[#WHD2017 Blog Series] Inspiring Innovations: European Alliance Against Depression
This blog is part of our series celebrating World Health Day, this year themed “Depression: Let's Talk.” Hear what our community of innovators has to say about the ideas behind their Inspiring Innovations, and how they address depression across the globe.
Tell us about your country’s context and the circumstances that inspired your innovation.
The European Alliance Against Depression (EAAD) 4-level model was initially piloted in 2001 in Nuremberg (Germany), a city of about 500.000 inhabitants. Underdiagnosis and undertreatment of depression, in part due to stigmatizing attitudes and a lack of help-seeking, were some of the main barriers that we faced back then - and still are. Studies indicate that approximately half of the general public is convinced that people with depression are weak, responsible for their own condition and unpredictable; and nearly a quarter considers them to be dangerous.
Even though suicide rates have declined in Germany since the 1980s, they are still exceeding deaths caused by car accidents, AIDS, and drugs taken together.
When piloting EAAD, we wanted to overcome these barriers by building a sustainable regional network, training mental health professionals and stakeholders, launching a media campaign, and supporting patients to enhance knowledge about depression and trigger help-seeking while at the same time preventing suicidal behaviour.
The Nuremberg pilot was so successful in reducing suicide (a 24% reduction of suicidal acts compared to a baseline year and a control region) that it has been implemented in over 80 regions throughout Germany now.
When the EAAD was first introduced to the European context in 2004, it faced different country-specific factors such as different mental health care systems and care provision as well as differences in public attitudes and concerns about antidepressants and psychotherapy for depression.
Therefore, the EAAD approach is flexible and varies by region or in different communities (see Figure 1). In support of such flexibility, the World Health Organization (2014) recommends national suicide prevention strategies that allow communities to focus on their own specific needs. The EAAD 4-level intervention can be adapted to the local context to include the measures most needed and feasible to a specific region.
What aspect of your project are you most excited about? How is the project innovative or unique?
We are most excited about setting foot into the field of E-mental-Health by disseminating our iFightDepression® online self-management tool for patients with milder forms of depression to countries all over Europe! Our CBT-based tool is free of cost for patients, guided by mental health care professionals and currently available for patients in Germany, Hungary, Greece, Italy, Estonia, Spain and soon in Norway, Albania, and Kosovo! It will help in bridging waiting times for psychotherapy and as an additional asset to depression treatment.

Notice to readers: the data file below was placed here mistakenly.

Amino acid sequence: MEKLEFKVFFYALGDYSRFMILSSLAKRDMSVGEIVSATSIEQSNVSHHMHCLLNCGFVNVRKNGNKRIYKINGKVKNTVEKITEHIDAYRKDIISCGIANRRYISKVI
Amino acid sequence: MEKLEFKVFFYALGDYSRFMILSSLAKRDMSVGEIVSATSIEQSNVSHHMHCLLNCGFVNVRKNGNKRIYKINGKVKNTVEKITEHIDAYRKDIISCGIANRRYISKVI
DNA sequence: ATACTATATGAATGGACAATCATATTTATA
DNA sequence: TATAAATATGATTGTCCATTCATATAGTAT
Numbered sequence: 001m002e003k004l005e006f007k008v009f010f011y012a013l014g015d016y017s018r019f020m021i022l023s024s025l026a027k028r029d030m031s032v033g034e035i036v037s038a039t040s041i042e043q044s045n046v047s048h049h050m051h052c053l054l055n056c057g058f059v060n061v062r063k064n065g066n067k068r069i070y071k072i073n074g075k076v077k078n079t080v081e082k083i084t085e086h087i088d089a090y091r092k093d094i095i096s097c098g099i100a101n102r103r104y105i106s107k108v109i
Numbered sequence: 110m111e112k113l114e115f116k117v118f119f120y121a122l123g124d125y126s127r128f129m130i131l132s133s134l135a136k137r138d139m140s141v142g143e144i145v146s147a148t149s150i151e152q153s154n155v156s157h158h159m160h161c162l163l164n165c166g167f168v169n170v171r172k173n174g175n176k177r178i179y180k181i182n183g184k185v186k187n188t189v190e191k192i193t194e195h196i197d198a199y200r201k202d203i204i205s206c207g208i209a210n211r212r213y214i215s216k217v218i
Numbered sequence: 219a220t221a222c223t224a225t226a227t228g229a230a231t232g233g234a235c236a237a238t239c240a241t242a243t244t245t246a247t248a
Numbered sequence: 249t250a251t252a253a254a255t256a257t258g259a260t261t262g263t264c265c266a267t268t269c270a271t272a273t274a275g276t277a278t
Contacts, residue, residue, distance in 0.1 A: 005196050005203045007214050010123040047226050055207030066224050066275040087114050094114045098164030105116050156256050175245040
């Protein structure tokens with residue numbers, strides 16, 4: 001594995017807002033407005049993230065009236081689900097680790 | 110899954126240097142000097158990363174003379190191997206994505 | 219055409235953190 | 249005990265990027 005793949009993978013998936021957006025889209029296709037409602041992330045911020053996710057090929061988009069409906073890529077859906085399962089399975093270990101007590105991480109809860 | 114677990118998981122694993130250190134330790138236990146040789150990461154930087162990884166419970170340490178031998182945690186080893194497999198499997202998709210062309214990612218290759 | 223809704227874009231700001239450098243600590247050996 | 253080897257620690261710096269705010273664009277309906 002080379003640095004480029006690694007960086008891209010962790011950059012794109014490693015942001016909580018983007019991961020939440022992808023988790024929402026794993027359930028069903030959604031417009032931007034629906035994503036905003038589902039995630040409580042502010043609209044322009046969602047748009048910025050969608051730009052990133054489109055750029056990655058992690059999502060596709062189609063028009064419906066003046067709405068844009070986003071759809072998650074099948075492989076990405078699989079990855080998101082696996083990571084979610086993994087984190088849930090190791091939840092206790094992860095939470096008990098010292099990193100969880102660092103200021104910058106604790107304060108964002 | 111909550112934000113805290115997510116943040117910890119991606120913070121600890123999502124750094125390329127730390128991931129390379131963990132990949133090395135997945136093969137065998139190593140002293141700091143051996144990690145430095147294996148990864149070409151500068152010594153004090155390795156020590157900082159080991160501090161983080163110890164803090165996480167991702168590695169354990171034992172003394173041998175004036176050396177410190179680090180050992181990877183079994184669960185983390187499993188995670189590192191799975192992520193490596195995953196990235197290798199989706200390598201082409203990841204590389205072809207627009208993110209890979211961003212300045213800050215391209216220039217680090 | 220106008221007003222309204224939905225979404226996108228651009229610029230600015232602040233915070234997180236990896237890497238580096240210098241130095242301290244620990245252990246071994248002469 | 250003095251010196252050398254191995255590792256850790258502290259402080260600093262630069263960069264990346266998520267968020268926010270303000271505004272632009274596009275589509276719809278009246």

With 24 member countries to date, EAAD certainly connects different experts and stakeholders around the globe in a learning network, enabling them to share experiences and research findings on depression and suicide prevention.
Have you noticed an impact ‘on the ground’? What is the best feedback you have received (from service users, team members, or otherwise)?
It is not just a framework for mental health clinicians and professionals, rather provides access to world’s best practice, tools and resources for communities to actively participate in providing mental health care for their families and neighbourhoods.
- Dr. Daniel Rock, Western Australian Primary Health Alliance, 2017
EAAD is a robust and proven framework that can guide and shape a community’s response to destigmatising mental health and reducing suicidal acts.
- Former Chief of the Defence Force, Air Chief Marshal Sir Angus Houston, Western Australia, 2017
We have certainly noticed an impact on suicide rates in Germany, Hungary, and Portugal and a change towards more positive attitudes on depression and help-seeking due to community facilitator trainings and our public relations campaign. Furthermore, we noticed a positive change towards more appropriate media reporting on depression and suicidal behaviour thanks to our media guides. For an overview of evaluation results and impacts, please see the following link.
Last but not least, we are proud to have been awarded the first European Health Forum Award in 2007 and to be mentioned as an example of a successful concept to prevent suicide (Green Paper on Mental Health). More recently, we have been mentioned as an effective, multicomponent intervention in the Suicide Prevention Report of the WHO (2014).
We have started to introduce our model and resources to low and middle income countries in Eastern Europe and even overseas (e.g. Australia & USA)! We are also now involved in the promising field of implementation research.
By mid-2017, we will relaunch our iFightDepression awareness webpage (currently available in 13 languages) to make it more user friendly and ready for more language versions in the future! This will help us to adapt our online resources for migrants and refugees also (e.g. with an Arabic version of the website and self-management tool).
What is the one message about depression you want people to take away from your innovation?
Depression can be treated!
When trying to improve the care for depressed patients and to prevent suicidal behaviour, it is essential to include all levels of care providers, the broad public, media, different stakeholders as well as patients and relatives simultaneously to make it a success!
To read more about the Innovation, visit the case study page.
To see the other blogs in this series, visit our [#WHD2017 Blog Series].